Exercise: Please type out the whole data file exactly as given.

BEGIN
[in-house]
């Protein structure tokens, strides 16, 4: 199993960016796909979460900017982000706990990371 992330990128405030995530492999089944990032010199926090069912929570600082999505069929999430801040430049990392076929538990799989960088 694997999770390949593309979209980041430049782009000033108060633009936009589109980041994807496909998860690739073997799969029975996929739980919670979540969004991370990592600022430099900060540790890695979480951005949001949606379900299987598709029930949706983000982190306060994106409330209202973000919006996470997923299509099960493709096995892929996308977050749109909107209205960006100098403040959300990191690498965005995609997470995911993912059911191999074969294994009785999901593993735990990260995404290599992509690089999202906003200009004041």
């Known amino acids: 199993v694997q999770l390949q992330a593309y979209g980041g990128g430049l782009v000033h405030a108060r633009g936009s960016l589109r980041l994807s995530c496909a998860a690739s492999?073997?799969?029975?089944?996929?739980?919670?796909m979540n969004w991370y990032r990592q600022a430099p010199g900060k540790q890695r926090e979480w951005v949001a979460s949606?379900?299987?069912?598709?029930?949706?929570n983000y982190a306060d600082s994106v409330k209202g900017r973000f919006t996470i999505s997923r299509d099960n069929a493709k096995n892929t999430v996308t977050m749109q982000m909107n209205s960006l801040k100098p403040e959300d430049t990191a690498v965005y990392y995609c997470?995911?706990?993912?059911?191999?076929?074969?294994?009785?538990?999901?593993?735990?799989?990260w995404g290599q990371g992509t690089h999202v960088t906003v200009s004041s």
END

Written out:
[in-house]
């Protein structure tokens, strides 16, 4: 199993960016796909979460900017982000706990990371 992330990128405030995530492999089944990032010199926090069912929570600082999505069929999430801040430049990392076929538990799989960088 694997999770390949593309979209980041430049782009000033108060633009936009589109980041994807496909998860690739073997799969029975996929739980919670979540969004991370990592600022430099900060540790890695979480951005949001949606379900299987598709029930949706983000982190306060994106409330209202973000919006996470997923299509099960493709096995892929996308977050749109909107209205960006100098403040959300990191690498965005995609997470995911993912059911191999074969294994009785999901593993735990990260995404290599992509690089999202906003200009004041």
């Known amino acids: 199993v694997q999770l390949q992330a593309y979209g980041g990128g430049l782009v000033h405030a108060r633009g936009s960016l589109r980041l994807s995530c496909a998860a690739s492999?073997?799969?029975?089944?996929?739980?919670?796909m979540n969004w991370y990032r990592q600022a430099p010199g900060k540790q890695r926090e979480w951005v949001a979460s949606?379900?299987?069912?598709?029930?949706?929570n983000y982190a306060d600082s994106v409330k209202g900017r973000f919006t996470i999505s997923r299509d099960n069929a493709k096995n892929t999430v996308t977050m749109q982000m909107n209205s960006l801040k100098p403040e959300d430049t990191a690498v965005y990392y995609c997470?995911?706990?993912?059911?191999?076929?074969?294994?009785?538990?999901?593993?735990?799989?990260w995404g290599q990371g992509t690089h999202v960088t906003v200009s004041s």